In an alternative, although less preferred design, a lamp ballast 34 may include electronic elements requiring additional cooling fins 54. It is anticipated that heat conductive cooling fins 54 extending from the ballast 34 components to circulating air may be required in some designs. Any such cooling fins 54 may then extend from the ballast cavity 30, and surrounding potting material 52, but not be covered by the potting material 52 to interfere with cooling. FIG. 4 shows a vertical cross sectional view of a alternative embodiment of a double lamp arc discharge headlamp system 10 with cooling fins. FIG. 5 shows a horizontal cross sectional view of the double lamp arc discharge headlamp of FIG. 4 taken at 114.
The lamp capsule 16 at the rear end 40 is coupled to the lamp housing 22 near the base of the reflector cavity 24 for support. The coupling may be made by numerous methods including a formed portion on the rear end 40 designed to couple with a complementary receptacle formed on the lamp housing 22. Alternatively, an interlinking piece may couple the lamp capsule 16 to the lamp housing 22, or the lamp capsule 16 may extend through the lamp housing 22, to be coupled to the ballast 34. In each case, the second lamp lead 42 extends from the lamp capsule 16 to the lamp housing 22, and is preferably shielded along the way. The second lamp lead 42 may also be coupled in a similar fashion to a second embedded high potential conductor leading to the ballast cavity 32 for connection with the ballast 34. In the preferred embodiment, the rear support 20, formed as a ceramic piece, holds the lamp capsule 16 at rear end 40, and is in turn coupled to the adjacent lamp housing 22. The second lead 42 extends directly through the lamp housing 22 to the ballast 34 for connection. Either the second lead 42 may be insulated, or the reflective surface 26 may be offset from the second lead to prevent potential leakage.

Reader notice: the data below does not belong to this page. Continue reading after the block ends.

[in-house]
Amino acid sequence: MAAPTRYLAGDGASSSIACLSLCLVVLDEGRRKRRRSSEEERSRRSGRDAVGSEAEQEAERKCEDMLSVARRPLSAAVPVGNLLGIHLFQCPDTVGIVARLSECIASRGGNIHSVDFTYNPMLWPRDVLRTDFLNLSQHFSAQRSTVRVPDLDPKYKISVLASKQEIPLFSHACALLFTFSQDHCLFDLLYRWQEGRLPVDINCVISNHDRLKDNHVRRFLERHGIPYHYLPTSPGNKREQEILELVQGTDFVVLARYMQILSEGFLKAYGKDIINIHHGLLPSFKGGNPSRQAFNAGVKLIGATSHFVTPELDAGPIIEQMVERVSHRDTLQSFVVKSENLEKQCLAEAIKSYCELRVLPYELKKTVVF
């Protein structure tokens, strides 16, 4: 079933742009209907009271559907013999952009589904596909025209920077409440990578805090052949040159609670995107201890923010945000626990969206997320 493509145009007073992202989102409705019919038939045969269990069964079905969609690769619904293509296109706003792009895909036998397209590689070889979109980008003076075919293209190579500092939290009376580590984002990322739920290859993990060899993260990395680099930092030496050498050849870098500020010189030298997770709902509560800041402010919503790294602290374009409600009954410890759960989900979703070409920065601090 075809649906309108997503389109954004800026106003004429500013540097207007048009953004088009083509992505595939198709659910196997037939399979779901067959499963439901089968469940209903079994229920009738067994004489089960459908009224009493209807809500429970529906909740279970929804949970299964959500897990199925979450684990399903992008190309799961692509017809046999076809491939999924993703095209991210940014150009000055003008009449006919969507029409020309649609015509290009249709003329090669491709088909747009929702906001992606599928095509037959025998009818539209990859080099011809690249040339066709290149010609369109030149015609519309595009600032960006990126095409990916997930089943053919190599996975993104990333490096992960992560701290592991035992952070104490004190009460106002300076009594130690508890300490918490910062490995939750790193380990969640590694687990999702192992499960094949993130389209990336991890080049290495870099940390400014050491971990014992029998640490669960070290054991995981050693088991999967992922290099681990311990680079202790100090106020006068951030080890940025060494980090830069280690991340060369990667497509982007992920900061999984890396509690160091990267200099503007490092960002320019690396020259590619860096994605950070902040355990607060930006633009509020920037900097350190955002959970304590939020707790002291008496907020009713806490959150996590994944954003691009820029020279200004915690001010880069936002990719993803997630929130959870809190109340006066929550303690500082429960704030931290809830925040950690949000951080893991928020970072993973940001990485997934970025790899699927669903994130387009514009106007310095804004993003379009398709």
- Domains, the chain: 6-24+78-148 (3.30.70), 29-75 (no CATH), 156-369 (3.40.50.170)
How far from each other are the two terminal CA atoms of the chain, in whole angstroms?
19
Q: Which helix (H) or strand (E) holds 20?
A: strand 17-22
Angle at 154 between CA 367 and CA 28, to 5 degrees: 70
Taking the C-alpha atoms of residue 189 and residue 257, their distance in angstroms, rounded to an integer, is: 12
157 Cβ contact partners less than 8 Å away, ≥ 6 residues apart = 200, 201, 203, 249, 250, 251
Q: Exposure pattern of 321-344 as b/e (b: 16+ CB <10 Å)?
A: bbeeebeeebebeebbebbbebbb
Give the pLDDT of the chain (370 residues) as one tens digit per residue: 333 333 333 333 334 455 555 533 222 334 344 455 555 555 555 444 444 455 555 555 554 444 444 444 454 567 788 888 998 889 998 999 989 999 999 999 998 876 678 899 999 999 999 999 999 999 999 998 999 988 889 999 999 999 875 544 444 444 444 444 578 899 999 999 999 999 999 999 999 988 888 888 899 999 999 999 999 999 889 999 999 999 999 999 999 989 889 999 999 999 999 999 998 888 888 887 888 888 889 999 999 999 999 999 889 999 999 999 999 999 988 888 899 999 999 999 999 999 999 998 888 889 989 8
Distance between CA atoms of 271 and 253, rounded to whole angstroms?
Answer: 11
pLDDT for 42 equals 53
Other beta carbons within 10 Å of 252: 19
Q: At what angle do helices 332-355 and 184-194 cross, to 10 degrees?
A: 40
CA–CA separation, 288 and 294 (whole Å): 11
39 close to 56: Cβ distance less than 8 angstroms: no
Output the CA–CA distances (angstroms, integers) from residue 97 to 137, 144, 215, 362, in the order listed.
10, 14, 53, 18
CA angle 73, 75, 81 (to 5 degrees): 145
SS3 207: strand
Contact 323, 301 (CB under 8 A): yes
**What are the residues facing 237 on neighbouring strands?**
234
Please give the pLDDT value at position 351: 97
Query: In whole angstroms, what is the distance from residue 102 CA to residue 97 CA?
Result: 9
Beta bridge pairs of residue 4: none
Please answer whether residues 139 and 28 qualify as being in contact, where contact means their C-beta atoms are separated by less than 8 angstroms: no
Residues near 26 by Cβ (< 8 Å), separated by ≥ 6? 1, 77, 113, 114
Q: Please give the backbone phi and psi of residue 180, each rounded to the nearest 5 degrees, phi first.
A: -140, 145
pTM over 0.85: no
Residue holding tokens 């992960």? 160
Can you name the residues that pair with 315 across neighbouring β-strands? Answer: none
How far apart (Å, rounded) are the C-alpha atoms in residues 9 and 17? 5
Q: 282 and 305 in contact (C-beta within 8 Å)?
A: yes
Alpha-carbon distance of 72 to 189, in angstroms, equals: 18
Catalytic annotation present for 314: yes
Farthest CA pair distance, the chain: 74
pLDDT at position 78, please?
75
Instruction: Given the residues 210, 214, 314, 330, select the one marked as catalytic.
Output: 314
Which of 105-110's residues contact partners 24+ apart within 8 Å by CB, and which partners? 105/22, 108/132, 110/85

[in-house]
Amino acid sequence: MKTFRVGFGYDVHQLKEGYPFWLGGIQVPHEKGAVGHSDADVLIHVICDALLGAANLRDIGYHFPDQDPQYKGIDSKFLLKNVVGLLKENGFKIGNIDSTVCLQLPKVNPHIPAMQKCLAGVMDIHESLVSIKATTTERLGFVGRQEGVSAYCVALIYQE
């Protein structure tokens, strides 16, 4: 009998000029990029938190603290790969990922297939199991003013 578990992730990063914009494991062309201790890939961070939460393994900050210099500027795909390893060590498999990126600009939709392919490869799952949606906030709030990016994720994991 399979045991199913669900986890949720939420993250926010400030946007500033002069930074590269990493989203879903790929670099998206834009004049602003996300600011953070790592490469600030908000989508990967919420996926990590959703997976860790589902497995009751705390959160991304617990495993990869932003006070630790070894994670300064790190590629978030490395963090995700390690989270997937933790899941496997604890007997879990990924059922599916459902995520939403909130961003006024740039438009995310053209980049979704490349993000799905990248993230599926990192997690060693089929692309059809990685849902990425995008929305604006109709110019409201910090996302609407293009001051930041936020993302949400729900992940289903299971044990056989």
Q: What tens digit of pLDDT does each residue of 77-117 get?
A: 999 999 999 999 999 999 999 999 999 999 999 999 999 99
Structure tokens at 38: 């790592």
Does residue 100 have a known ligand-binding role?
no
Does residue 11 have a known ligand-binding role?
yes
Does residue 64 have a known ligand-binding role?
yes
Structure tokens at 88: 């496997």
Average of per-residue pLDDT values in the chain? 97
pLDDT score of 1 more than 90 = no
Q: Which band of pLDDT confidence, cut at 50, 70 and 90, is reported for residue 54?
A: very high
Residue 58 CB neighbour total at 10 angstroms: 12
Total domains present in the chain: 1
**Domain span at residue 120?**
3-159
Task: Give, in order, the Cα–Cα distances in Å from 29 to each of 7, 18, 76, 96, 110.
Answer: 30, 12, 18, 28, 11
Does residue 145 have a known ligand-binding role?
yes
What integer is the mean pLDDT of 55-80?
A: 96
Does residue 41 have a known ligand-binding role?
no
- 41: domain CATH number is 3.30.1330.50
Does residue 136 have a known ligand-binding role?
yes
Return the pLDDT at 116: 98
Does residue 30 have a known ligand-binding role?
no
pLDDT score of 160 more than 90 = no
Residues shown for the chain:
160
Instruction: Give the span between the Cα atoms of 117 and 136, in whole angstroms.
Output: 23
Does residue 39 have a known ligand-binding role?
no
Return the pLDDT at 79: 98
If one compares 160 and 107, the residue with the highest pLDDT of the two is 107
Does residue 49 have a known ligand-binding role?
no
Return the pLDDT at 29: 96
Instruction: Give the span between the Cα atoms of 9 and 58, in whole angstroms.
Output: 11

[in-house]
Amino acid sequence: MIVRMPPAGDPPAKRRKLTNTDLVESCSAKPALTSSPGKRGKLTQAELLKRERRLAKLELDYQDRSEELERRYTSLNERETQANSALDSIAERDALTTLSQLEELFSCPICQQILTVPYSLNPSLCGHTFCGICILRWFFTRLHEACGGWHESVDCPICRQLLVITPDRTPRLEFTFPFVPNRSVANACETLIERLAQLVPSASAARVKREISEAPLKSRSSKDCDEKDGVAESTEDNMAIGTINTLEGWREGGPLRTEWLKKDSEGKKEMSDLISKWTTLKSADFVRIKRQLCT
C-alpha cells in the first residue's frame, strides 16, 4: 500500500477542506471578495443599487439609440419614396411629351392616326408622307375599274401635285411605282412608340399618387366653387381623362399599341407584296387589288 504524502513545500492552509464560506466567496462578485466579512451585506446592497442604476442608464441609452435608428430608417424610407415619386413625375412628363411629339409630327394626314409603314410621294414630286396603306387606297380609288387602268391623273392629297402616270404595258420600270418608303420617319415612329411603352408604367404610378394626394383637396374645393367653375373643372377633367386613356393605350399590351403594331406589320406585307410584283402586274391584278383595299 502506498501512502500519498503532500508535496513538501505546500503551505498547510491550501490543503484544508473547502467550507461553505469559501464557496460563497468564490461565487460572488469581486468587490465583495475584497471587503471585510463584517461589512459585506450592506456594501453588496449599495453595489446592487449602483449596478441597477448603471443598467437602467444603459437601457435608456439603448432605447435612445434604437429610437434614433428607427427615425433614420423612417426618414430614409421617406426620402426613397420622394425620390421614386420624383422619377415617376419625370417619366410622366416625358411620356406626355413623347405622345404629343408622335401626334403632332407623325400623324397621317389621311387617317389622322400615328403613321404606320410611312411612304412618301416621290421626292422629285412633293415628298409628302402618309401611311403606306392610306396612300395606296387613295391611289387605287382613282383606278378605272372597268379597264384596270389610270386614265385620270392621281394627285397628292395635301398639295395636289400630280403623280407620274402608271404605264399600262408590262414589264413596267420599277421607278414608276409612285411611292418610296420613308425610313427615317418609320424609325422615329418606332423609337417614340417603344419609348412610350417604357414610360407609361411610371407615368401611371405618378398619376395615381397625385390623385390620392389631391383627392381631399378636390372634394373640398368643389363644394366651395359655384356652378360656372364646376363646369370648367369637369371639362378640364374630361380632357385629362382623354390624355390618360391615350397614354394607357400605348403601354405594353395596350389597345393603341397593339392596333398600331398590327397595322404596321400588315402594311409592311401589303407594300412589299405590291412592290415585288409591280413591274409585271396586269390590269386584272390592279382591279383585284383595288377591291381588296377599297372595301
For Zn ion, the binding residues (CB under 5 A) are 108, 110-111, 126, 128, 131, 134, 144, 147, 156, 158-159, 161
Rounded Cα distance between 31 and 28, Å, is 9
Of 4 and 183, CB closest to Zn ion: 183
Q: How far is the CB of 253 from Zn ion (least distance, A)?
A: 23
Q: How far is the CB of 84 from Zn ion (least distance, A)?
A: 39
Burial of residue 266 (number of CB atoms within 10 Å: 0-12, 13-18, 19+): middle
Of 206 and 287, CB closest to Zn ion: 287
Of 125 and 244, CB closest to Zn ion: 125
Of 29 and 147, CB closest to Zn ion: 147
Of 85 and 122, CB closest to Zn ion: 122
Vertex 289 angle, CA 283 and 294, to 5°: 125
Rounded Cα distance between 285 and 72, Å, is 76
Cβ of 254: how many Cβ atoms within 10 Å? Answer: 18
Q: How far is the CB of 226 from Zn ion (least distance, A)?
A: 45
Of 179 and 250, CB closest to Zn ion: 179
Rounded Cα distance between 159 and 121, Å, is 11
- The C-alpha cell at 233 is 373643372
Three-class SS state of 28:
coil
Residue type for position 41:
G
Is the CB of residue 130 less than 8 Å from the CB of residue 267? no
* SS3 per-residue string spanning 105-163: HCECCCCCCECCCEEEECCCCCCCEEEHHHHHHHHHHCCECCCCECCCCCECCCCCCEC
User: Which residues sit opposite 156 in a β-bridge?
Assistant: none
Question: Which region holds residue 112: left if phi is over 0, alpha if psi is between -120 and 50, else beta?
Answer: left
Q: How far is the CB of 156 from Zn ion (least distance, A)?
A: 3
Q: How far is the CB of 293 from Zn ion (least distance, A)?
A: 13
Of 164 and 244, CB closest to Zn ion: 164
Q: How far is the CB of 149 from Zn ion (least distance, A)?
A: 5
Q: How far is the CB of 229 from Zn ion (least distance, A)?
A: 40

Formed in the lamp housing 22 to receive the supplied automobile current, typically 12 volts, and appropriate control signals, if any, may be a standard plug connector 56. The lamp capsule 16 may be enclosed in the lamp housing 22 by sealing the reflector cavity 24, with a glass or plastic covering lens 32 coupled or sealed to the lamp housing 22 by known means.
FIG. 6 shows a front perspective partially cut away of a preferred embodiment of a double lamp arc discharge headlamp system. FIG. 7 shows a rear perspective of the double lamp arc discharge headlamp of FIG. 6. The double arc discharge arc discharge headlamp system has two discharge lamps 60, 62 (62 behind an enclosing lens) housed in one lamp housing 22. A common ballast 64 may be used to control both lamp capsules 60, 62. Automobile headlamp systems are commonly made as a group of separately housed lamps with different lamps performing the high and low beam functions, or as combined units organized in a single lamp housing 22. A further alternative in the case of filamented lamps, is to use two filaments in one lamp housing 22. Arc discharge lamps may be similarly grouped as separate singles, or as a team in a single lamp housing 22. Applicants described a different system in the copending U.S. applications, Ser. Nos. 144,828 and 144,836 both filed on Jan. 14, 1988, wherein a single arc discharge lamp may be controlled by a magnetic means to produce different beam outputs 58.